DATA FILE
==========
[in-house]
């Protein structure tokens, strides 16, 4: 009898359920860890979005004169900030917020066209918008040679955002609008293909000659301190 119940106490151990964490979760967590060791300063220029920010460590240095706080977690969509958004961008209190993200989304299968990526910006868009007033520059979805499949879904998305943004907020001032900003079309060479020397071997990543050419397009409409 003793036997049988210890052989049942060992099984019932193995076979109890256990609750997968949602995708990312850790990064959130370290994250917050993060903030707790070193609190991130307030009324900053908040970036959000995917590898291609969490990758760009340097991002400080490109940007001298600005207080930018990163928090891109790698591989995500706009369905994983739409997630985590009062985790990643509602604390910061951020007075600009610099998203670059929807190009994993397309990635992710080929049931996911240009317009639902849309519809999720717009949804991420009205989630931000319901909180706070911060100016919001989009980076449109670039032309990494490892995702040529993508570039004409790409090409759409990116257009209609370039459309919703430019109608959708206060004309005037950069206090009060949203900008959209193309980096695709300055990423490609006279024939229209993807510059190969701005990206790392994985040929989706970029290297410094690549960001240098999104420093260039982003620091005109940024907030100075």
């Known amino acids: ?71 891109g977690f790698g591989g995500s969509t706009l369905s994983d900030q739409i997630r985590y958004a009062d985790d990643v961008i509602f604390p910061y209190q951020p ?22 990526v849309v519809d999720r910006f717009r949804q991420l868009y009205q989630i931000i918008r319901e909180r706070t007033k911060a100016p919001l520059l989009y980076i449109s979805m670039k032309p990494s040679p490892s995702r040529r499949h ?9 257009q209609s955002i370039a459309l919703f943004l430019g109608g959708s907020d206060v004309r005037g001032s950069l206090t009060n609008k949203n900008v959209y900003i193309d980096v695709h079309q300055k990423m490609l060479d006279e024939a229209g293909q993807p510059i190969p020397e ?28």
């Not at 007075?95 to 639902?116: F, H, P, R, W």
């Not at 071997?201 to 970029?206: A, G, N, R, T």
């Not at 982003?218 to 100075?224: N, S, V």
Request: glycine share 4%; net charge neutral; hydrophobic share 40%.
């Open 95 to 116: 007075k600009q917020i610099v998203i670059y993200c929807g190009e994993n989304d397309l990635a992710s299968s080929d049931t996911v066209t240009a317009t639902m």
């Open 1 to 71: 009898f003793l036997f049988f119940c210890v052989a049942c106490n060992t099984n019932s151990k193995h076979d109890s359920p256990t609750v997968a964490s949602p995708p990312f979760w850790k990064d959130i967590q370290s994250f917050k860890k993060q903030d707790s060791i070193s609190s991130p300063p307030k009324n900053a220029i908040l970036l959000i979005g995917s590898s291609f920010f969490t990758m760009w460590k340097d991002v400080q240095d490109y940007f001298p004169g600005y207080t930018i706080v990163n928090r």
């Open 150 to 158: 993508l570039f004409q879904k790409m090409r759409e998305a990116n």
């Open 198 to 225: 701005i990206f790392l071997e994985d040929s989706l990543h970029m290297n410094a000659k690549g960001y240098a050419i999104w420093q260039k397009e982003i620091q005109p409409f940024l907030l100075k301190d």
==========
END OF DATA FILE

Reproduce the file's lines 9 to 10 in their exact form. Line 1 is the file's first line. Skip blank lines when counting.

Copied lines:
């Open 1 to 71: 009898f003793l036997f049988f119940c210890v052989a049942c106490n060992t099984n019932s151990k193995h076979d109890s359920p256990t609750v997968a964490s949602p995708p990312f979760w850790k990064d959130i967590q370290s994250f917050k860890k993060q903030d707790s060791i070193s609190s991130p300063p307030k009324n900053a220029i908040l970036l959000i979005g995917s590898s291609f920010f969490t990758m760009w460590k340097d991002v400080q240095d490109y940007f001298p004169g600005y207080t930018i706080v990163n928090r």
């Open 150 to 158: 993508l570039f004409q879904k790409m090409r759409e998305a990116n």